Turkish goods. Now Turkey is opening its muscles, its horizons.
The policies of the Bush administration have deeply worried Muslims, he
said, before rushing off to speak to the Pakistani ambassador, who had
arrived at the fair.
The United States used to be paradigm of freedom and rights, he said.
But since the Republican period, the U.S. policies have been so
detrimental in Muslim eyes.
In just four years, Mr. Erdogan has managed to get inflation down to
historical lows and growth rates to all-time highs. The growing prosperity
has eased the integration of religious Turks into the countrys secular
society, which is still suspicious of advocates of Islam, as well as of Mr.
This group of people that was more religious has relaxed, said Ms.
Toprak, the professor. They are now visible. They go to restaurants they
would never have gone; they go to posh shopping malls.
It was a struggle to get a piece of the pie, she said. Now they have one.
Even so, the increased religiosity, or at least identification with
religion, could eventually present a serious problem for Turkish society.
There are already rumblings. A killing of a judge whose court had ruled
that a nursery school teacher could not wear a head scarf, even away from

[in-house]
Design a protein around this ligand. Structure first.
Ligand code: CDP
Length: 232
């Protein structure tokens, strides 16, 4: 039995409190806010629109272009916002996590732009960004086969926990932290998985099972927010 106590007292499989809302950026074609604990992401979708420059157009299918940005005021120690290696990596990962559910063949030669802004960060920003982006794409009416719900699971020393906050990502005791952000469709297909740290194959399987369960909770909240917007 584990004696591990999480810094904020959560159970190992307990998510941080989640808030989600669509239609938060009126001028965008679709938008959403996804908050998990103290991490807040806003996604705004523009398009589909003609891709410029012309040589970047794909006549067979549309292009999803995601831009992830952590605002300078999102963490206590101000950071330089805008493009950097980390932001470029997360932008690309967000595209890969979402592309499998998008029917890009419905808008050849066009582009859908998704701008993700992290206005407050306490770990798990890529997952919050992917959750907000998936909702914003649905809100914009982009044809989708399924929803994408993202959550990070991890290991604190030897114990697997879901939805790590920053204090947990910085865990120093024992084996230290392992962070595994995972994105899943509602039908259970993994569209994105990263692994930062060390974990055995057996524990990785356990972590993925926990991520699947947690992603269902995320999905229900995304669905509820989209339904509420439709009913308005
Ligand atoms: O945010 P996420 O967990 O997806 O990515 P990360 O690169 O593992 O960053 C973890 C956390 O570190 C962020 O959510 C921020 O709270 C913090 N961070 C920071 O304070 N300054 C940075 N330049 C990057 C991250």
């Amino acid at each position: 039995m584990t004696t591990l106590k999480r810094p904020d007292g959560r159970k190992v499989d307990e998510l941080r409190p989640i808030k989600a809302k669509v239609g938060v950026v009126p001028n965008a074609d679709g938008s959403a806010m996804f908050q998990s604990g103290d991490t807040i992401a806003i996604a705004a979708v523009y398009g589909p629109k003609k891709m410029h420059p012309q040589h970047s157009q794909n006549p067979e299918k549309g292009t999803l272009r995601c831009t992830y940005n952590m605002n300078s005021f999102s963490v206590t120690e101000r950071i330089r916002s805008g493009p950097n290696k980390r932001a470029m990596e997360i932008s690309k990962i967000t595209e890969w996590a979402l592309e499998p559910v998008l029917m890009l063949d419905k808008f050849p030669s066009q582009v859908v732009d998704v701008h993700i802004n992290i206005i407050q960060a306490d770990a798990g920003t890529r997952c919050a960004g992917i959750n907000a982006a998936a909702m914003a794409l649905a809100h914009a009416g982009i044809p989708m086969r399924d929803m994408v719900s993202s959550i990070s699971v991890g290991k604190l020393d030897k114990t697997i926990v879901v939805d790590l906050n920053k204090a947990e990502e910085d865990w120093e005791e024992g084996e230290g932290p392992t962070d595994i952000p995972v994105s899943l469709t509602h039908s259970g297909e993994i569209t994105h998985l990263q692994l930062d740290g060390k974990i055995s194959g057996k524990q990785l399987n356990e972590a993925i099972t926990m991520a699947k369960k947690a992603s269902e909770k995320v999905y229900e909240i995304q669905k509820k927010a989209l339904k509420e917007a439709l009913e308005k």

school, alarmed Turkeys secularists. Gen. Yasar Buyukanit, head of the
Turkish Army, has referred to a rising threat of fundamentalism on at least
four occasions since he took up his position in late August.
Mr. Erdogans closely watched government had attempted to limit liquor
consumption in public places, but later backed down. It also tried to make
adultery a crime, but relented.
Some Turkish officials play down the possibility of real damage to
secularism, but say that European suspicion does Turkey no good.
The delay with Europe, for instance, fans up the disappointment, the
disillusionment, said Namik Tan, the spokesman for Turkeys Foreign
Ministry. People say, Why are they doing this?
That is why public officials, including Mr. Erdogan, have shrunk from the
visit by the pope, who symbolizes, in the eyes of Turks, a disdain for
Islam and the unfair exclusivity of the Western club. A cartoon in a
Turkish newspaper last weekend showed two public officials belly laughing
at the bad luck of those Turkish officials obliged to meet him. (The senior
official appointed to be his formal guide has the portfolio of youth and
But the meetings are happening. Despite growing pains, a neglected Kurdish
minority in the south, a thin skin for any reference to the Armenian
genocide, and failure to scrap a law that makes insulting Turkishness a
crime, Turkey stands out as lively democracy in a larger Middle East
riddled with restrictions, and its acceptance by the West is a test case
for others, officials said.
Muslim countries, Mr. Tan points out, are watching.
Turkey is a beacon for those countries, he said. Dont forget, if we
fail, then the whole dream will fail.
Sebnem Arsu contributed reporting from Ankara, and Ian Fisher from Rome.
Sabrina Pacifici contributed research.